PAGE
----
3. The cell pellet obtained from l ml culture was solubilized by boiling for 5 min in 100 J..Ll of 2X sample buffer (0.0625 M Tris, pH 6.8, 2% SDS, 10% glycerol, 5% BME and 0.001% bromophenol blue) and the proteins were resolved on a 0.1% SDS-10% PAGE (Laemmeli, 1970). The gel was stained with Coomassie brilliant blue for staining total cellular proteins. For immunoblotting, the proteins were electrophoretically transferred to 0.45 J..Lm nitrocellulose membrane overnight at a constant voltage of 15 V in Tris glycine buffer with 20% methanol (Towbin et al., 1979). Nonspecific sites on the membrane were blocked by incubation with 5% BSA in 50 mM phosphate buffered saline (PBS), pH 7 .4, for 1 h followed by 3 washes (15 min each) with PBS containing 0.1% Tween-20 (PBST). For detection of bZP3, a murine monoclonal antibody (MAb), MA-451, generated against the pZP3P and recognizing a cross reactive epitope (166-171 aa residues) within the bonnet sequence was used (Afzalpurkar and Gupta, 1997). The membrane was incubated for 1 h with a 1 :5 dilution of MA-451 culture supernatant, followed by 3 washes in PBST. Horseradish-peroxidase (HRPO) conjugated goat anti-mouse immunoglobulin (lg) was used to reveal bound Ab. Colour was developed with 0.6% (w/v) 4-chloronaphthol in 50 mM PBS, pH 7.4, containing 25% methanol and 0.06% H202. The reaction was stopped by washing the membrane with PBS.
    1. Digestions involving more than one restriction endonuclease were carried out with 2 - 4 ug DNA in a final reaction volume of up to 50 or 100 ul. In these cases, if the two enzymes had radically different optimal assay conditions, the DNA was digested first with the enzyme requiring a lower salt concentration. After incubating for one hour, a 5 ul aliquot from the digestion reaction was electrophoresed on a mini gel to monitor the extent of digestion. Once the digestion was complete, appropriate amount of salt and the
    2. second enzyme were added and the incubation continued in an increased final reaction volume, to offset any increase in the glycerol concentration in the new reaction. Alternatively, the DNA was extracted once with phenol/chloroform, once with chloroform, and then precipitated with one half volume of 7.5 M ammonium acetate and two volumes of ethanol. The precipitation was done for 30 minutes at room temperature, and the DNA spun down for 30 minutes at room temperature. The supernate was discarded, pellet washed with 70% ethanol, recentrifuged, dried briefly under vacuum and finally resuspended in 18 ul distilled water. The DNA purified in this manner could then be used for setting up digestion with a second enzyme or for setting up a ligation. For those double digestions where one of the enzymes was known to be active over a broad range of ionic strength conditions, including those required for the optimal activity of the second enzyme, both the enzymes were added simultaneously in the digestion reaction, which was carried out using the optimal conditions of the second enzyme having more stringent assay requirements.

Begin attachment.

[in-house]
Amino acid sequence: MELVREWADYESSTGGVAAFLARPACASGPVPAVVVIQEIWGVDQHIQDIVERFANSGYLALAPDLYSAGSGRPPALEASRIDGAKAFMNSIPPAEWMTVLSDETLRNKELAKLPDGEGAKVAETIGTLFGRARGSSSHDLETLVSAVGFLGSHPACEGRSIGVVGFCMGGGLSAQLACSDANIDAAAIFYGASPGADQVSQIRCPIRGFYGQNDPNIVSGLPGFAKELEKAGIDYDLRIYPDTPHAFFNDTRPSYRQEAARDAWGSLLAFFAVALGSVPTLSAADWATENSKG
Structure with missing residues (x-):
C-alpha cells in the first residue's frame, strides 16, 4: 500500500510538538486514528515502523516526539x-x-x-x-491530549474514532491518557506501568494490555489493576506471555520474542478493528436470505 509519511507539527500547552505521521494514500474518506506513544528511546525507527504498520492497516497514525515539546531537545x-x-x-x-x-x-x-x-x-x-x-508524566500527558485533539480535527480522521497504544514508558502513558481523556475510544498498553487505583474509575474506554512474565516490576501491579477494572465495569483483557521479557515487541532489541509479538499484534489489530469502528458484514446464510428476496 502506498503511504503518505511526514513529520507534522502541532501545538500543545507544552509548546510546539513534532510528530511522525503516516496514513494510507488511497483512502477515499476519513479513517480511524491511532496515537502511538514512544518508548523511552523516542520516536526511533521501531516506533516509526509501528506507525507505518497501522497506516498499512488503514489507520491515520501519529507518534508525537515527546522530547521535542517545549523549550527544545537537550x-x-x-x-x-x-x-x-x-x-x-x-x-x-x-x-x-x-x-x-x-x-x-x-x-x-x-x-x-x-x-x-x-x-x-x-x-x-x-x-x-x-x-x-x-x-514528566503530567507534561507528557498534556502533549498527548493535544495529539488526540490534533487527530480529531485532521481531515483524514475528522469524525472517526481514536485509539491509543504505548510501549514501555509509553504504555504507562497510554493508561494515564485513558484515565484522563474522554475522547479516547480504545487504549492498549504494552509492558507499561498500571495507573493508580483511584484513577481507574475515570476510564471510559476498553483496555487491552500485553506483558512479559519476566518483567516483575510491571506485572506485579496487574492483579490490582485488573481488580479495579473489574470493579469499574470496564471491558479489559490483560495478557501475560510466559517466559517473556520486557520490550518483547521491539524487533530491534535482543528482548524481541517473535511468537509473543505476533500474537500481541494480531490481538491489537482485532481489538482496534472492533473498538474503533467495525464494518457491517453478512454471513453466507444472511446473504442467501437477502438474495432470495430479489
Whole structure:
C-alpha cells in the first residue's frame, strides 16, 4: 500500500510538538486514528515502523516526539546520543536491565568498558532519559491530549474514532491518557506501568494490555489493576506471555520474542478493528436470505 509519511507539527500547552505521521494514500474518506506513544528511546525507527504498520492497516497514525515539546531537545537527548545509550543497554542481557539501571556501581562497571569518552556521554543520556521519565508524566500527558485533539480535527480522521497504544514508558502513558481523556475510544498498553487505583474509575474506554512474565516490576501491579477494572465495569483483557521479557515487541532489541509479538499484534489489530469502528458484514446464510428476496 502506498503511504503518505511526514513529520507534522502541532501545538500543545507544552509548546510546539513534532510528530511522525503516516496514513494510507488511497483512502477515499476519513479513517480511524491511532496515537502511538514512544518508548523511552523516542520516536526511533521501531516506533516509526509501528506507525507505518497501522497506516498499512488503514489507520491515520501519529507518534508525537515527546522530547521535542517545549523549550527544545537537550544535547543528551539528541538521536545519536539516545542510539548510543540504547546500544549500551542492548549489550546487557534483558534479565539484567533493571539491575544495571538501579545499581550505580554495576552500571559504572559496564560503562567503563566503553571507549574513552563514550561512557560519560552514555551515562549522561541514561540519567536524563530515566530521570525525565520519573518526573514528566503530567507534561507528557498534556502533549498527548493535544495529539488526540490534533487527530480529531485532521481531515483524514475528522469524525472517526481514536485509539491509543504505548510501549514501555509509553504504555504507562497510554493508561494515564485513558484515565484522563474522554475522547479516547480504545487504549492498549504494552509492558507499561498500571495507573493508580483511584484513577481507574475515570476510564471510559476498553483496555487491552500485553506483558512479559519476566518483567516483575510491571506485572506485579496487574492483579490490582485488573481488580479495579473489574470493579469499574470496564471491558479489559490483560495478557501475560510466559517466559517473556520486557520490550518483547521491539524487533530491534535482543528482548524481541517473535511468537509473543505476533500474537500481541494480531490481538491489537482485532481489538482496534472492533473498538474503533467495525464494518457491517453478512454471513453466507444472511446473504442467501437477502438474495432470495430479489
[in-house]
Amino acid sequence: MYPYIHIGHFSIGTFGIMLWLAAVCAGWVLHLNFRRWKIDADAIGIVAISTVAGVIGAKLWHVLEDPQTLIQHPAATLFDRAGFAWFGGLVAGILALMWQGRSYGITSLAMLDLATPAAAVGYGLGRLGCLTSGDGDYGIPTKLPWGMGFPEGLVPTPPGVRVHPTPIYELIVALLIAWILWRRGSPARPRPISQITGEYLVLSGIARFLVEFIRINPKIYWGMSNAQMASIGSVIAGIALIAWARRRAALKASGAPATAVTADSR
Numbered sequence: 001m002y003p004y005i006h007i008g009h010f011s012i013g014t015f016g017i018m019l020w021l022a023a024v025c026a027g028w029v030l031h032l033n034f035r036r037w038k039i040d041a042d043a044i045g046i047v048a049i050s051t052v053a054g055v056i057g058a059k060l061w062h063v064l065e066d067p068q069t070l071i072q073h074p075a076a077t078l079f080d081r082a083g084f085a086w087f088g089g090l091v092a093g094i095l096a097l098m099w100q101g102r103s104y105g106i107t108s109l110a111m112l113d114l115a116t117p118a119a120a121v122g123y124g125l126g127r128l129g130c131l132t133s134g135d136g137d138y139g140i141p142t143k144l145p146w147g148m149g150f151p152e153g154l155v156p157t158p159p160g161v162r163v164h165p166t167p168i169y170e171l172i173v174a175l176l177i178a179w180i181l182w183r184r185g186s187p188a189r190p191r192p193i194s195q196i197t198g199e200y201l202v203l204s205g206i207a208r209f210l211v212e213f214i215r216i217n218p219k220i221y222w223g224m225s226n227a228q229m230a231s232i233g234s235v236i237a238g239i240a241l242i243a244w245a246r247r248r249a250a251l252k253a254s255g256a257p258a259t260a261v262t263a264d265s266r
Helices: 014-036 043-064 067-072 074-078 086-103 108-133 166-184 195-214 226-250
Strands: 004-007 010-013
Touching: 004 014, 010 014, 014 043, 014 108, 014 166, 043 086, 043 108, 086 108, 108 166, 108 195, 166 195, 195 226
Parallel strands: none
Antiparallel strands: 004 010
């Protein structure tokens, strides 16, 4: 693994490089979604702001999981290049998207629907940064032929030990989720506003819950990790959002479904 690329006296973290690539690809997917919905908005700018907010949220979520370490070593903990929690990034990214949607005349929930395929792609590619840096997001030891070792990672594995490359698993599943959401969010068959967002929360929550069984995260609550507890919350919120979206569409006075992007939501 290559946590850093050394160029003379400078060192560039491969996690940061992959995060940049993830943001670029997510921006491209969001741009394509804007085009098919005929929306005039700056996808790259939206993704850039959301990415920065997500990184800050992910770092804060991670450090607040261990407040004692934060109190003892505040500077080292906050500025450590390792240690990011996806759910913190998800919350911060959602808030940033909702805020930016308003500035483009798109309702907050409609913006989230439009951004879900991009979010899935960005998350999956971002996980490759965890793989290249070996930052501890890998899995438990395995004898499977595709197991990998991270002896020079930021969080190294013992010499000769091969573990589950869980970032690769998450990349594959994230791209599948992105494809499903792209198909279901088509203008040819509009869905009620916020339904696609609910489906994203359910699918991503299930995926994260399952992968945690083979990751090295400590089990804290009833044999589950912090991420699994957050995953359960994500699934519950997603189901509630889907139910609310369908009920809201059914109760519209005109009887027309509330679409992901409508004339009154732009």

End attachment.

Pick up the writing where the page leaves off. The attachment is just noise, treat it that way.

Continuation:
1. Cultured promastigotes were harvested by centrifugation of suspension culture (500 ml) in falcon tubes at 3000 g for 10 min at 20°C in a cooling centrifuge (Rota 4R; Plastocraft). The clear spun media was carefully decanted and the pellet was resuspended in ice-cold phosphate buffered saline (PBS, 20mM, pH = 7.2). Centrifugation was done again as earlier and washings were collected in a separate falcon. The washing step with PBS was repeated twice. The promastigotes in PBS were then counted using a Neubauer chamber. For this an aliquot was taken and diluted with PBS (normally 10 J..ll original suspension was mixed with 60 J..ll PBS) and then formaldehyde was added to this (30 J..ll to give a final dilution of 1:10). After 10 minutes of fixing in formaldehyde, 10 J..ll of this diluted suspension was put under the coverslip on Neubauer chamber and counted. Total cell count was determined using the standard formula. For breaking cells to get membrane preparation,93 the cell pellet (6.5 x 109 cells) was suspended in 5 ml of hypotonic buffer (0.1 mM TlCK and 1 J..lg/ml leupeptin) and sonicated in ice (6 x 10 s pulses with 3 s intervals). Breaking of cells were assessed by a light microscope. The membrane protein was further processed as per the requirement of the experiment.
    2. N-Butyl-4-~-galactopyranosyl-a-D-glucopyranosyl ~-amino lactam (61). To a solution of 5 (12 mg) in CH30H (1 ml) was added palladium on carbon (10%, 35 mg) and formic acid (100 Ill). The mixture was stirred at 50°C overnight. The catalyst was filtered off and solvent was evaporated to afford 61; 1H NMR: 80.72-0.77 (t, 3H, CH2-CH3), 1.14-1.22 (m, 4H, CHz-CHz-CH3),1.40-1.45 (t, 2H, N-CH2), 4.31 (d, J = 7.8 Hz, 1H, H-1'), 5.38 (d, J = 4.2 Hz, 1H, H-1); 13C NMR: 8 12.72,19.69,28.77,40.65, 52.84, 61.09, 67.48, 68.50, 70.88, 72.56, 75.17, 77.66, 79.12, 103.19, 169.83; ESMS (mlz): 430.37 (M+Nat.